Big to work, little to play; this Kay County wheat farmer is a master builder of tiny implements

Great State

The original story included a misspelling, which has been corrected.

PONCA CITY, Okla. (KFOR) – If he doesn’t have anything else to do, nothing else to work on, Ray Schieber shrinks into a miniature farm, a much smaller world, with miniature machinery, about 1/16 the size of his real equipment.

“I’ve been around it all my life,” he says with a smile. “We were driving tractors at age 8. I drove a combine at age 10.”

His long line of toy implements stretches back to when he was a kid.

Pointing to a small road grader, he says, “I built this when I was about 7.”

Ray’s dad taught him the benefits of building his own toys.

His were better and they worked better too.

Photo goes with story
Ray Schieber

Further down a display table, Schieber points out, “I built this chisel when I was about 18. All those shanks are bolted on.”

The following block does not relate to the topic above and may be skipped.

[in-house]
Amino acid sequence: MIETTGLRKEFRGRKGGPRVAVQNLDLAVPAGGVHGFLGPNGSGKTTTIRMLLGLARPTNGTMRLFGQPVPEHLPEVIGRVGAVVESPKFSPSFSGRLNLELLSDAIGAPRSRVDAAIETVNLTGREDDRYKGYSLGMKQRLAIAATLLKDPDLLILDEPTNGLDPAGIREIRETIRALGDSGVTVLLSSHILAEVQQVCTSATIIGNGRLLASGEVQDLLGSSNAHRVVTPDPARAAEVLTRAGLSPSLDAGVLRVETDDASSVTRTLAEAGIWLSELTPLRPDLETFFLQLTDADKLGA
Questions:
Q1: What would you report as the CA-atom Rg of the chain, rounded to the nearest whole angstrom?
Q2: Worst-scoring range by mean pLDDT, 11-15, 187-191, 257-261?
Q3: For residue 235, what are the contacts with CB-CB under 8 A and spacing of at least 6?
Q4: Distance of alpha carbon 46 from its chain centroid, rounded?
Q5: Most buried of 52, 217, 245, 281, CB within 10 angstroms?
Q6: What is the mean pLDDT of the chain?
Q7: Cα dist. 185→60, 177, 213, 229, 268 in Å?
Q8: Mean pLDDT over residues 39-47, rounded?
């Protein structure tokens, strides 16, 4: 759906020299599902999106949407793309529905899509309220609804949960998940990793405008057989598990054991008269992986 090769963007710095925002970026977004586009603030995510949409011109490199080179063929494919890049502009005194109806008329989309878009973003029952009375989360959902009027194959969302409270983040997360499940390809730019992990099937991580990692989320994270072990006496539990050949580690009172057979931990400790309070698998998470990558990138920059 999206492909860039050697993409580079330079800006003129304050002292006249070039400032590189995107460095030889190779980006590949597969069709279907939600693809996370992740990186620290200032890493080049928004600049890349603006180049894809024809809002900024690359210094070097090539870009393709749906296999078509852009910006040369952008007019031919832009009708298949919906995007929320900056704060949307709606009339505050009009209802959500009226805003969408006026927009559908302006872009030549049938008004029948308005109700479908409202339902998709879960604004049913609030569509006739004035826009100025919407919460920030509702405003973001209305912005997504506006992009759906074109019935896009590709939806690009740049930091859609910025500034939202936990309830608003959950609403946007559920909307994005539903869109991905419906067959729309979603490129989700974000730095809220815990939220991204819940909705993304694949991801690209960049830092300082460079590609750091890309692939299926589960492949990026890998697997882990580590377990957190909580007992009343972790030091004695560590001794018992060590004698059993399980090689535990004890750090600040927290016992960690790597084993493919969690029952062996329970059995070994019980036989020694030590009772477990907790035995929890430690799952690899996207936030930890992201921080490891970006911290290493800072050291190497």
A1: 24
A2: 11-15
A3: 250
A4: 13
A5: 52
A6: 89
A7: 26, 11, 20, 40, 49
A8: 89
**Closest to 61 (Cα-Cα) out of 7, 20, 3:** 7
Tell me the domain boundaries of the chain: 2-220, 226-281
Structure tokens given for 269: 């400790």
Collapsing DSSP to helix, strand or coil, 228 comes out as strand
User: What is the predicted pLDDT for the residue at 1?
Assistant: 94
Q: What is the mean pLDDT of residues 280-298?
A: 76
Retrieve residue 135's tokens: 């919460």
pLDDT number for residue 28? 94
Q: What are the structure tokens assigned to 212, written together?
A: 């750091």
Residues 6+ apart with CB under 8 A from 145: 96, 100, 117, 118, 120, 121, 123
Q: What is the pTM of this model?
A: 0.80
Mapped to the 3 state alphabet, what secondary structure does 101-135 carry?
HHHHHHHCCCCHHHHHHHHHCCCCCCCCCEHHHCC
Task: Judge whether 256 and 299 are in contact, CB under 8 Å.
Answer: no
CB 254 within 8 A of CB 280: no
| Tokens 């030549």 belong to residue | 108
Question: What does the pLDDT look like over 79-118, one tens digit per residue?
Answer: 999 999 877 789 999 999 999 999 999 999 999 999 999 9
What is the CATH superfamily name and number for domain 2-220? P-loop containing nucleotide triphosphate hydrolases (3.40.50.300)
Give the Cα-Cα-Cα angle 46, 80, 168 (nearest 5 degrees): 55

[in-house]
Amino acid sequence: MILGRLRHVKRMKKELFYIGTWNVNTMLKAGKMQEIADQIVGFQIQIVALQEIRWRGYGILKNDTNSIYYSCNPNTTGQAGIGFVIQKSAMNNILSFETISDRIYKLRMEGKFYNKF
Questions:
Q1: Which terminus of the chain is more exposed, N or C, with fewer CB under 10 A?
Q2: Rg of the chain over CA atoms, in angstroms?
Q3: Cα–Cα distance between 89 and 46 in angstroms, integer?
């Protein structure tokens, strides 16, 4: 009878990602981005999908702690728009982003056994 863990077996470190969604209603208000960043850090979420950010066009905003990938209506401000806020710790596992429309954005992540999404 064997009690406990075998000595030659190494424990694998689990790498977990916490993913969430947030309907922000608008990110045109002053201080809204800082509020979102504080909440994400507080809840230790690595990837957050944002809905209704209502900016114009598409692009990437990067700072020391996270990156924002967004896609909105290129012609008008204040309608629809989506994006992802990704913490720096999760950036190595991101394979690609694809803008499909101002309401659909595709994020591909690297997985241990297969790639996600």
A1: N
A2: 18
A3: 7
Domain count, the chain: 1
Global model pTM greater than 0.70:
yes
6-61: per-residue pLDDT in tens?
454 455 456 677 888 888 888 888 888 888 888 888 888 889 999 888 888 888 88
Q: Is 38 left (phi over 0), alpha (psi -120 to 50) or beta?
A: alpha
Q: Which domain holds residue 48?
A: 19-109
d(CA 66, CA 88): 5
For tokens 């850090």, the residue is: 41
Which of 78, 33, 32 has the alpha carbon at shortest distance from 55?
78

Ray still farms wheat with his son north of Ponca City.

His big diesel truck still needs attention as do all the rest of the machinery leading up to the harvest in June.

Bending over his pickup hood, Schieber grumbles, “We got’er on. I think she’ll fire up.”

He has grandkids now that really appreciate how the gates work on his miniature barn and how the oil rig lights up at night just like the real ones he can see from his window.

“I been around it all my life,” he says.

The drill spins.

A first time visitor admits he wouldn’t be surprised to see tiny jets of crude oil gushing from the well hole in his garage floor.

Such is the attention to detail he’s always brought to his working machinery, big and small.

Ray Schieber doesn’t have a lot of use for toy stores or parts stores.

Photo goes with story
Schieber’s handmade miniature machinery

As long as he can get a good look at something, he has room to play.

“Just whenever I get in the mood and they’re isn’t anyone hanging around,” he says with a laugh. “You have to sneak off to do this.”

Many of Ray’s toy creations go to his grandchildren, but some of his miniature machinery ends up in the hands of collectors.

A few of his pieces are even housed in the National Farm Toy Museum in Dyersville, Iowa.

For more information on the toy museum, go to

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